Thursday, September 15, 2016

Fathomless by Anne M. Pillsworth review

    Why is it so wrong to want to be a Deep One? H.P. Lovecraft's The Shadow over Innsmouth is all about the horror of how a bunch of townsfolk voluntarily decided to interbreed with fishmen in exchange for gold and fish. The focus of the narrator on the act of such "defilement" is such that Ruthanna Emrys claims to have completely forgot they also engaged in human sacrifice among other horrifically evil things. However, if you have the attitude of, "mating with fish men isn't my bag but to each their own" then the horror of the novella kind of loses its punch.

    Indeed, the Deep Ones are the Lovecraft monster most likely to be redeemed nowadays with The Doom that Came to Innsmouth, The Litany of Earth, their sympathetic portrayal in Alan Moore's Providence and now Fatholmess. They are often considered to be individuals who were horrifically abused for no other reason than they were different and practiced a different religion than was acceptable in the 1930s.

    I, for one, respect the fact the Deep Ones are a race of religious fanatics and evil sorcerers because, as Terry Pratchett says, "Just because someone's a member of an ethnic minority doesn't mean they're not a nasty small-minded little jerk." Except replace small-minded jerk with evil Cthulhu-worshiping cultist. After all, it's not like Deep Ones are GHOULS who I would totally join the secret underground society of in a heartbeat.

    The premise is Sean Wyndham, teenage survivor of the Cthulhu Mythos in Summoned, is now studying with the Order of Al-Hazred. Unfortunately, the heir to infernalist sorcerer Reverend Redemption Orne has few friends in the organization as they believe him to be a threat. Sean has the benefit of his friend Eddie (a girl who prefers that to Edna) and their new friend Daniel who always wears turtlenecks. It doesn't take a Lovecraft scholar to guess what Daniel is in light of the title and he proves to be the most fascinating character in the book.

    Anne M. Pillsworth makes a lot of really good decisions in this which both underline and play with many of the concepts within Lovecraft's own work. The original Deep Ones were metaphors against intermarriage between races and immigration. Daniel, by contrast, is a figure who immediately takes up with Eddie and we're meant to root for their relationship. I also like the fact Sean and Eddie have no interest in one another. Aside from Harry Potter, it's the rare story which doesn't end with the hero and the girl.

    After reading Summoned, I wondered why everyone was down on Reverend Orne because all of the problems in that book were caused by Sean. It seemed like they were blaming him for all of Sean's mistakes. Here, the author gives a better reason for why we should terrified of the centuries-old wizard while also keeping a friendly face to Sean. I won't spoil the ending of the book but it was a huge shocker.  I think the author does an immensely good job of balancing horror, adventure, and urban fantasy in her series.

    Redemption Orne remains the stand-out character in the book. He is a wonderful mix of superficial charm, intelligence, and ruthless pragmatism. He may want to protect his family and lineage but all of his actions are with the goal of manipulating Sean into accepting the way of Nyarlathotep. I think he's been set up as an excellent continuing villain.  The best villains think they're heroes and he definitely qualifies as both in the amoral universe our heroes have found themselves in.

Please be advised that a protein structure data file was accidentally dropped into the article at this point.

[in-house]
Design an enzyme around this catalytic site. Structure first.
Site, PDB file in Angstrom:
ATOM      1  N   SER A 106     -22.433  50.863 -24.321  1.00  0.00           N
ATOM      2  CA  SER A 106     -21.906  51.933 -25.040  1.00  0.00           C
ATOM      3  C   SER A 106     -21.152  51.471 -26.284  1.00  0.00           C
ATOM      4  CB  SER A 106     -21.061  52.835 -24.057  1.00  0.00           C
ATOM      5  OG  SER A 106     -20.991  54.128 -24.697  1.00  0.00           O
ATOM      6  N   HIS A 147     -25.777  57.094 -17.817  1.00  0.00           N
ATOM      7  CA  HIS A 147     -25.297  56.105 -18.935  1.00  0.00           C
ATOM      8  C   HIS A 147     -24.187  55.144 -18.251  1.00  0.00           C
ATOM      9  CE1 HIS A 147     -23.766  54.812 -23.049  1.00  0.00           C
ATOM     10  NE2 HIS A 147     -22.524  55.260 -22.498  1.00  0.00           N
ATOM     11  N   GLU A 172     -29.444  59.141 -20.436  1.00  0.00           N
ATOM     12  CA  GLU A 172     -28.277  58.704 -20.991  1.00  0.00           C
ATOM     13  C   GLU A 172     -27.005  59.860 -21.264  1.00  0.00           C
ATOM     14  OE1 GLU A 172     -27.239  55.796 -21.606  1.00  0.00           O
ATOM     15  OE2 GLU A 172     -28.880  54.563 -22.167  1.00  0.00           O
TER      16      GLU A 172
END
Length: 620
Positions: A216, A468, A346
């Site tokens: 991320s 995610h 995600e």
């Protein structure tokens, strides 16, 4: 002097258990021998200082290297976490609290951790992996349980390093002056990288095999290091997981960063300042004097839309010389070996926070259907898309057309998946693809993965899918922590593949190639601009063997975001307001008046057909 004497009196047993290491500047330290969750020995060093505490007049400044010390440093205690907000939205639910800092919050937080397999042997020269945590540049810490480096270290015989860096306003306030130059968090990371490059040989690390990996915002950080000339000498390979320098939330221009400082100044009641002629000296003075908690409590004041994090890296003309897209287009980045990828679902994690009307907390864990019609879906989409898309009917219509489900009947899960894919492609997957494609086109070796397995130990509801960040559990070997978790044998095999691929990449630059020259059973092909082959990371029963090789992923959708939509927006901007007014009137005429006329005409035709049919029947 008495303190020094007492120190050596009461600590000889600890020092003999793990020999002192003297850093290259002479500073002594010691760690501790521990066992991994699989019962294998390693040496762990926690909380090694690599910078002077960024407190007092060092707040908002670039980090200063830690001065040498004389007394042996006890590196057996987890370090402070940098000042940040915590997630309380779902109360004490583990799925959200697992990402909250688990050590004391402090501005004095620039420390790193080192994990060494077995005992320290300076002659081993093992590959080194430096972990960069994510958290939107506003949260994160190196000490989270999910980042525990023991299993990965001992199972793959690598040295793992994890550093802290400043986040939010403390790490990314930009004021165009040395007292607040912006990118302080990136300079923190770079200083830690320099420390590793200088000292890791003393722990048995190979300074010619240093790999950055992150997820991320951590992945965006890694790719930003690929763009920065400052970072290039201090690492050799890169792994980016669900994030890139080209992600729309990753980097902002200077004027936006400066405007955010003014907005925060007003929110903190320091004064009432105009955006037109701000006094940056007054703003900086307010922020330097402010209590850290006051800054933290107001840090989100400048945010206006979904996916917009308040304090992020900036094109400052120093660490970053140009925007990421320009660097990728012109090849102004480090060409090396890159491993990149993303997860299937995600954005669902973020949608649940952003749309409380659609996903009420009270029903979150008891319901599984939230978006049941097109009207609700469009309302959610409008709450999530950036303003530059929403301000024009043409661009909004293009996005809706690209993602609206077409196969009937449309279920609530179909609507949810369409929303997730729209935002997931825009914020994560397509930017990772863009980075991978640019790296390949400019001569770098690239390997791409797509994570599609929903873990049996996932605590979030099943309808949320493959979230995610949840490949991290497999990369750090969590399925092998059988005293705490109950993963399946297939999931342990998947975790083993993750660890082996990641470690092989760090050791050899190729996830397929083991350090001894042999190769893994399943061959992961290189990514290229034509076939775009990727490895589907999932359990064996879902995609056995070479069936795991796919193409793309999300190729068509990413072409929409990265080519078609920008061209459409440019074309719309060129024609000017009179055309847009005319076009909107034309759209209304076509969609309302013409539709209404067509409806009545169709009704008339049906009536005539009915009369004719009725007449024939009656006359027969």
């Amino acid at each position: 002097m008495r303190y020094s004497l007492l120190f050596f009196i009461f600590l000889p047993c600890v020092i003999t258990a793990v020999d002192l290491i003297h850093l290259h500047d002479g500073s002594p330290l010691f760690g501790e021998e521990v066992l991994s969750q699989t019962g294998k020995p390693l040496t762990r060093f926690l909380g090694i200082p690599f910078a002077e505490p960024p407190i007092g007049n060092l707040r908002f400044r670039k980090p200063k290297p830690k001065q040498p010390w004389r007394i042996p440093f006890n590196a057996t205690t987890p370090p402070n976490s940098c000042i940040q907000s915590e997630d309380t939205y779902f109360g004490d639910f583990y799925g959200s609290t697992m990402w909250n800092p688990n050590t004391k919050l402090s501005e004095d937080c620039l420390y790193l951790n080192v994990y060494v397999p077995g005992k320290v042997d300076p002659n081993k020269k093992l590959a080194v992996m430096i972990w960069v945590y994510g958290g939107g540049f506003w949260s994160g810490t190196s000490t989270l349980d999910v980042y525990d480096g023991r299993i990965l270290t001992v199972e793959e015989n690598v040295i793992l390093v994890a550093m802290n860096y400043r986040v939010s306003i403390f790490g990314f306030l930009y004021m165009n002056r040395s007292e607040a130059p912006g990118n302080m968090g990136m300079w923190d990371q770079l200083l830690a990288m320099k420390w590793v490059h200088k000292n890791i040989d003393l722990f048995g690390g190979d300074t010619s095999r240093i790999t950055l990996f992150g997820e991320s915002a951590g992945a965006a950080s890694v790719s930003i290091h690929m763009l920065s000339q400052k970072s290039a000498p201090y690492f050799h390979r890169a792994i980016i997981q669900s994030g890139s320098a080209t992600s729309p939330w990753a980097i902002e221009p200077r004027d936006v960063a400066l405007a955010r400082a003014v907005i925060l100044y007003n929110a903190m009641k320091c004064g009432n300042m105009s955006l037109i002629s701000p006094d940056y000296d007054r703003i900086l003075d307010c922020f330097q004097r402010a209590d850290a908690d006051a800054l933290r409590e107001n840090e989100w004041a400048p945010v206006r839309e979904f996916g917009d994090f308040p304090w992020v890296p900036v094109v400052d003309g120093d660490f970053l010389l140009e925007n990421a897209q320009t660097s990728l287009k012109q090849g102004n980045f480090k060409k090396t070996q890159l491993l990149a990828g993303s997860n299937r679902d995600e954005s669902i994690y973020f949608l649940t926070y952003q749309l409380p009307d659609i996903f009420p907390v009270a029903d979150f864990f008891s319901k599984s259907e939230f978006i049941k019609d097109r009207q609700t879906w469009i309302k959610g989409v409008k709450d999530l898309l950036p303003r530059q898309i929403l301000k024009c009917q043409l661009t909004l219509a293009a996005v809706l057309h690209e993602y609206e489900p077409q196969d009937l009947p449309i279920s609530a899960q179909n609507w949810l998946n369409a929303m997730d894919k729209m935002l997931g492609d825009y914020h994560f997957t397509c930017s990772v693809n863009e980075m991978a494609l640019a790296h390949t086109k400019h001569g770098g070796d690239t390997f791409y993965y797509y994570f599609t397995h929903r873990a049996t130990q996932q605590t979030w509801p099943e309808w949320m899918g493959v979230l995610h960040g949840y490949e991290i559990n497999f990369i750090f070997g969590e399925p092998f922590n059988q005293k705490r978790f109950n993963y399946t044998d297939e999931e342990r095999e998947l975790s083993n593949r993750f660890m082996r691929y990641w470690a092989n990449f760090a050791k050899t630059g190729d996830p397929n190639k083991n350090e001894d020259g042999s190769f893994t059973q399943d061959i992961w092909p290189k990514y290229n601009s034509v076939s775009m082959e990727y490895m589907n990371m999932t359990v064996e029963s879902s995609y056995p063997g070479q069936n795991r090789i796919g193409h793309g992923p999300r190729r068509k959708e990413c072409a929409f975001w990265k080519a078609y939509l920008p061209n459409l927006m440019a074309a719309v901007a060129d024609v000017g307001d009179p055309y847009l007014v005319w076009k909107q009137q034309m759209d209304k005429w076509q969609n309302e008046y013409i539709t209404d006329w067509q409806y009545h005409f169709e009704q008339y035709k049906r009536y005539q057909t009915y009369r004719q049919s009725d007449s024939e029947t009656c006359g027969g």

The depiction of Innsmouth in 2016 is interesting. The undersea city of the Deep Ones is covered up by shoggoths, the Deep Ones maintain their homes to remain ignorable, and they go out of their way to make it a decent but boring place to live. They are not against humankind but they are also contemptuous of them. Daniel's mother hated her Deep One ancestry but eventually came to embrace it, not taking her son with her. Even so, the only Marsh family member we meet is an amusing older uncle rather than a sinister cult leader.

    Lovecraft Purists will be annoyed by the fact the Deep Ones are portrayed as reasonably harmless. Personally, I've always thought my ideal treatment of them would be to keep all of their murderous religious fanaticism and supernatural powers while also making it so they're unduly persecuted by others. Then again, I tend to prefer Gray and Gray Morality to Black and White or Black and Black. You could have the Deep Ones working to overthrow Dagon and prevent Cthulhu's rise even as both sides work to wipe each other out.

    I found Fathomless to be an exciting, entertaining, and enjoyable ride. I like the way magic, New England flavor, and Lovecraft lore are woven together. I think I would enjoy the series if it went a little darker but I enjoy it as is. It reminds me of Potter at its best and most serious, which is no small praise. I'm looking forward to the next installment of the series and heartily recommend these two books.


1 comment:

  1. It's because nothing terrified Lovecraft more than the thought of miscegenation. And now it's perfectly legal and normal. So interesting that modern literature is reclaiming the Deep Ones.